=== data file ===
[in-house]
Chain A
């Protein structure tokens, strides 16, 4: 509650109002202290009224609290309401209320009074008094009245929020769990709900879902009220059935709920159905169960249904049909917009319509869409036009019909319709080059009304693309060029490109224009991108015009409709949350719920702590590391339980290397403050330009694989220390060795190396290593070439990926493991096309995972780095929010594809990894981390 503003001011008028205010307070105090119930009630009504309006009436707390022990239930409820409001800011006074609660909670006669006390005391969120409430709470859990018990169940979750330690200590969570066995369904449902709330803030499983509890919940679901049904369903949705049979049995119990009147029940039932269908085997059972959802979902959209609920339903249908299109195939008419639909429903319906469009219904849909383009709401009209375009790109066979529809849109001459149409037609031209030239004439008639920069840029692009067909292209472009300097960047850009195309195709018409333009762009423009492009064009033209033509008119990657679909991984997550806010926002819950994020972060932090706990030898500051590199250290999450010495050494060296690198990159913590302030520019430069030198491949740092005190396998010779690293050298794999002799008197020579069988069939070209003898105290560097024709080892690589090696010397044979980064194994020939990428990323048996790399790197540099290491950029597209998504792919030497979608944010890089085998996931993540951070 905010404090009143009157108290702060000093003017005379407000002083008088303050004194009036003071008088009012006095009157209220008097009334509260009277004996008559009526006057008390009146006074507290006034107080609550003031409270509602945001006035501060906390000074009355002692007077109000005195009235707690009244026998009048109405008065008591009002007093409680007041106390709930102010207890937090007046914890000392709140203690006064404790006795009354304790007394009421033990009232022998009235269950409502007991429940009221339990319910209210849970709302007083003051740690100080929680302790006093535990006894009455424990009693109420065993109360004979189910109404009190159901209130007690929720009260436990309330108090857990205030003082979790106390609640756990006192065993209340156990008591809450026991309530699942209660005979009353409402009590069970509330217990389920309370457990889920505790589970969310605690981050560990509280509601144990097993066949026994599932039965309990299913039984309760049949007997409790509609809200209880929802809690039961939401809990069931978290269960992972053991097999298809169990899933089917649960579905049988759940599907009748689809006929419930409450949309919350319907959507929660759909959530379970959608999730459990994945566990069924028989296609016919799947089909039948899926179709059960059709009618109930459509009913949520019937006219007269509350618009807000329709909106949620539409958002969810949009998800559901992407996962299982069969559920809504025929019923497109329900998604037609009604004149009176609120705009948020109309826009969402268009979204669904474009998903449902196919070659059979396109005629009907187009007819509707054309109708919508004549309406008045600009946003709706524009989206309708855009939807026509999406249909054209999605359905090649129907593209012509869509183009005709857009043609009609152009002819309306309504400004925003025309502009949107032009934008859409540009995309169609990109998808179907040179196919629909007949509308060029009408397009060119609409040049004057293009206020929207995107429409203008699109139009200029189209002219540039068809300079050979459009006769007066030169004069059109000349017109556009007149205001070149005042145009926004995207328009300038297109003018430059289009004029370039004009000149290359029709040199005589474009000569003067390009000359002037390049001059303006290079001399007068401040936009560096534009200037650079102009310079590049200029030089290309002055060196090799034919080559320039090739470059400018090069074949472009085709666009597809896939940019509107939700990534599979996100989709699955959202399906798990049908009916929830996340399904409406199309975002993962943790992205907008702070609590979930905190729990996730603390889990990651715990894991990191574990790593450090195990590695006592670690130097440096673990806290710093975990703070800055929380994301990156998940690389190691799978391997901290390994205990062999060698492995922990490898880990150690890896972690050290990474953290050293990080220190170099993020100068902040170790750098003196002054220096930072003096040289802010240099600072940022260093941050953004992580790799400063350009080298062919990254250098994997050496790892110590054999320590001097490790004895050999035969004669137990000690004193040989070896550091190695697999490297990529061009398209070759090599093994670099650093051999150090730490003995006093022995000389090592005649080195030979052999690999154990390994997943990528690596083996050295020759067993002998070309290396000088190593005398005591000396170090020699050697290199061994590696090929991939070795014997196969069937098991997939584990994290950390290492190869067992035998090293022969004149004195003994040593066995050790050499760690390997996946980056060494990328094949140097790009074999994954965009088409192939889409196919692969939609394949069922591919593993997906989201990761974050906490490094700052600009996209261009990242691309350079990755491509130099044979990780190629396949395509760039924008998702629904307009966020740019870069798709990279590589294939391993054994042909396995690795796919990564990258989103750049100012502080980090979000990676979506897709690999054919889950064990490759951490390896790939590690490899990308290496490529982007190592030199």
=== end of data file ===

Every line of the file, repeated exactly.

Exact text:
[in-house]
Chain A
């Protein structure tokens, strides 16, 4: 509650109002202290009224609290309401209320009074008094009245929020769990709900879902009220059935709920159905169960249904049909917009319509869409036009019909319709080059009304693309060029490109224009991108015009409709949350719920702590590391339980290397403050330009694989220390060795190396290593070439990926493991096309995972780095929010594809990894981390 503003001011008028205010307070105090119930009630009504309006009436707390022990239930409820409001800011006074609660909670006669006390005391969120409430709470859990018990169940979750330690200590969570066995369904449902709330803030499983509890919940679901049904369903949705049979049995119990009147029940039932269908085997059972959802979902959209609920339903249908299109195939008419639909429903319906469009219904849909383009709401009209375009790109066979529809849109001459149409037609031209030239004439008639920069840029692009067909292209472009300097960047850009195309195709018409333009762009423009492009064009033209033509008119990657679909991984997550806010926002819950994020972060932090706990030898500051590199250290999450010495050494060296690198990159913590302030520019430069030198491949740092005190396998010779690293050298794999002799008197020579069988069939070209003898105290560097024709080892690589090696010397044979980064194994020939990428990323048996790399790197540099290491950029597209998504792919030497979608944010890089085998996931993540951070 905010404090009143009157108290702060000093003017005379407000002083008088303050004194009036003071008088009012006095009157209220008097009334509260009277004996008559009526006057008390009146006074507290006034107080609550003031409270509602945001006035501060906390000074009355002692007077109000005195009235707690009244026998009048109405008065008591009002007093409680007041106390709930102010207890937090007046914890000392709140203690006064404790006795009354304790007394009421033990009232022998009235269950409502007991429940009221339990319910209210849970709302007083003051740690100080929680302790006093535990006894009455424990009693109420065993109360004979189910109404009190159901209130007690929720009260436990309330108090857990205030003082979790106390609640756990006192065993209340156990008591809450026991309530699942209660005979009353409402009590069970509330217990389920309370457990889920505790589970969310605690981050560990509280509601144990097993066949026994599932039965309990299913039984309760049949007997409790509609809200209880929802809690039961939401809990069931978290269960992972053991097999298809169990899933089917649960579905049988759940599907009748689809006929419930409450949309919350319907959507929660759909959530379970959608999730459990994945566990069924028989296609016919799947089909039948899926179709059960059709009618109930459509009913949520019937006219007269509350618009807000329709909106949620539409958002969810949009998800559901992407996962299982069969559920809504025929019923497109329900998604037609009604004149009176609120705009948020109309826009969402268009979204669904474009998903449902196919070659059979396109005629009907187009007819509707054309109708919508004549309406008045600009946003709706524009989206309708855009939807026509999406249909054209999605359905090649129907593209012509869509183009005709857009043609009609152009002819309306309504400004925003025309502009949107032009934008859409540009995309169609990109998808179907040179196919629909007949509308060029009408397009060119609409040049004057293009206020929207995107429409203008699109139009200029189209002219540039068809300079050979459009006769007066030169004069059109000349017109556009007149205001070149005042145009926004995207328009300038297109003018430059289009004029370039004009000149290359029709040199005589474009000569003067390009000359002037390049001059303006290079001399007068401040936009560096534009200037650079102009310079590049200029030089290309002055060196090799034919080559320039090739470059400018090069074949472009085709666009597809896939940019509107939700990534599979996100989709699955959202399906798990049908009916929830996340399904409406199309975002993962943790992205907008702070609590979930905190729990996730603390889990990651715990894991990191574990790593450090195990590695006592670690130097440096673990806290710093975990703070800055929380994301990156998940690389190691799978391997901290390994205990062999060698492995922990490898880990150690890896972690050290990474953290050293990080220190170099993020100068902040170790750098003196002054220096930072003096040289802010240099600072940022260093941050953004992580790799400063350009080298062919990254250098994997050496790892110590054999320590001097490790004895050999035969004669137990000690004193040989070896550091190695697999490297990529061009398209070759090599093994670099650093051999150090730490003995006093022995000389090592005649080195030979052999690999154990390994997943990528690596083996050295020759067993002998070309290396000088190593005398005591000396170090020699050697290199061994590696090929991939070795014997196969069937098991997939584990994290950390290492190869067992035998090293022969004149004195003994040593066995050790050499760690390997996946980056060494990328094949140097790009074999994954965009088409192939889409196919692969939609394949069922591919593993997906989201990761974050906490490094700052600009996209261009990242691309350079990755491509130099044979990780190629396949395509760039924008998702629904307009966020740019870069798709990279590589294939391993054994042909396995690795796919990564990258989103750049100012502080980090979000990676979506897709690999054919889950064990490759951490390896790939590690490899990308290496490529982007190592030199």